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Math Help - An interesting problem for Multivariable Calculus Students

  1. #1
    A Plied Mathematician
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    An interesting problem for Multivariable Calculus Students

    This is aimed a bit more at students, rather than helpers, but I won't go so far as to ask helpers to refrain from answering.

    The divergence theorem states that

    \iiint_{V}\nabla\cdot \mathbf{F}\,dV=\iint_{{\partial}V}\mathbf{F}\cdot d\mathbf{S},

    and the Kelvin-Stokes theorem states that

    \iint_{A}\nabla\times\mathbf{G}\cdot d\mathbf{S}=\oint_{\partial A}\mathbf{G}\cdot d\mathbf{r}.

    If I set

    \mathbf{F}=\nabla\times\mathbf{G},

    then comment on the legitimacy of writing

    \iiint_{V}\nabla\cdot(\nabla\times\mathbf{G})\,dV=  \iint_{\partial V}\nabla\times\mathbf{G}\cdot d\mathbf{S}=\oint_{\partial(\partial V)}\mathbf{G}\cdot d\mathbf{r}.
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  2. #2
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    Not seeing any takers here, so I'll post my thoughts.

    Spoiler:

    There are at least two problems with this expression.

    1. The integrand of the far left expression is always zero; hence, even if the expression were true, it wouldn't tell us much.

    2. There's a problem with what you're integrating over. The divergence theorem really says that for an enclosed volume, the volume integral equals the given surface integral over the enclosing volume. I could be wrong, you topologists out there could probably answer me yea or nay, but if a volume has an enclosing surface, then I don't think it's possible for that enclosing surface to have an enclosing contour, which is what the Kelvin-Stokes theorem requires. That is, the Kelvin-Stokes theorem would, I think, require a surface to be integrated over which has a boundary. But if it has a boundary, I don't think it can enclose a volume.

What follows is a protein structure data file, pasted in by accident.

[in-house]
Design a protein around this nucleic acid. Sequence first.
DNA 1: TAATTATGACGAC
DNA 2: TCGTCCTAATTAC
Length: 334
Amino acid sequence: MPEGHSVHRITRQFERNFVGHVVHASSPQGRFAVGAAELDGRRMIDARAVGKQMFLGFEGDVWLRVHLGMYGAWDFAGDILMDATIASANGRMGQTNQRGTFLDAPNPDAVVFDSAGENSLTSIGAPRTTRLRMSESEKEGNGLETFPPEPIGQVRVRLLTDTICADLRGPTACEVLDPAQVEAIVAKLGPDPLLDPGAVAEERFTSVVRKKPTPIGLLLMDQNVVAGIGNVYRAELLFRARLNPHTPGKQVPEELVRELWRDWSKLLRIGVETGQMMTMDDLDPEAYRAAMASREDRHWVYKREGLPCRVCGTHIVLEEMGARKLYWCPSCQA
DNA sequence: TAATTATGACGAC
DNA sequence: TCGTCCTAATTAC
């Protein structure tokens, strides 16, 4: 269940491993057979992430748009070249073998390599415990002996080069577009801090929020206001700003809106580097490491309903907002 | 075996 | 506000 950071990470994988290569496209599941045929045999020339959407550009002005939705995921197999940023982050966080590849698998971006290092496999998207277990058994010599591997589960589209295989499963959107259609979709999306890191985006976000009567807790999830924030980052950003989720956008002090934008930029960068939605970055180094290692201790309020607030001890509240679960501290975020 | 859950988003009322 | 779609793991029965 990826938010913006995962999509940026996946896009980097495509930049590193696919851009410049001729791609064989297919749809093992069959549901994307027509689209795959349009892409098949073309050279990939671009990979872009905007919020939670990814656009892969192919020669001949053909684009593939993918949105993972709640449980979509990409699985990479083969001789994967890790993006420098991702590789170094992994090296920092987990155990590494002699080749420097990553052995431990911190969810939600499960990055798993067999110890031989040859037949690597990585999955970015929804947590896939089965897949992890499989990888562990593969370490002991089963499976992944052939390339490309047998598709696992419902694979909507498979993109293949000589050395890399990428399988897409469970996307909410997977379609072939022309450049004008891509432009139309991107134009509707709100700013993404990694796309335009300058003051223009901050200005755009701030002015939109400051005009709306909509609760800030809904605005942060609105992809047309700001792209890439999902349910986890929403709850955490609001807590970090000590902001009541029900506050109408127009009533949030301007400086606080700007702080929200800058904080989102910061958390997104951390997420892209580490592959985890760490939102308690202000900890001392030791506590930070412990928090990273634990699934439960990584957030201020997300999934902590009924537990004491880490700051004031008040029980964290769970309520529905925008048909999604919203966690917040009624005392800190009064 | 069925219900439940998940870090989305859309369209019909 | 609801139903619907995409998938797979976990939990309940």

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  3. #3
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    gah...i would have to review my old books on manifolds, but i believe that under a suitable definition of "integrable region" you have ∂(∂V) = 0, so the equation becomes 0 = 0.
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    Re: An interesting problem for Multivariable Calculus Students

    I asked the exact same question in Calculus Forum.
    personally i do not know the correct answer. But div(curl(G)) is always zero, making the far right side always zero
    whereas the far left side is only zero if G field is conservative. so I guess I need better brain to prove this.....
    I do not know the answer.
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  5. #5
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    Re: An interesting problem for Multivariable Calculus Students

    Hi friends, calculus constitutes a major part of modern mathematics education. And confidently i can say you guys going to rock in calculus if you going to concern with good calculus tutor and if you are not getting better tutor near your residence then you can go for online calculus tutor.
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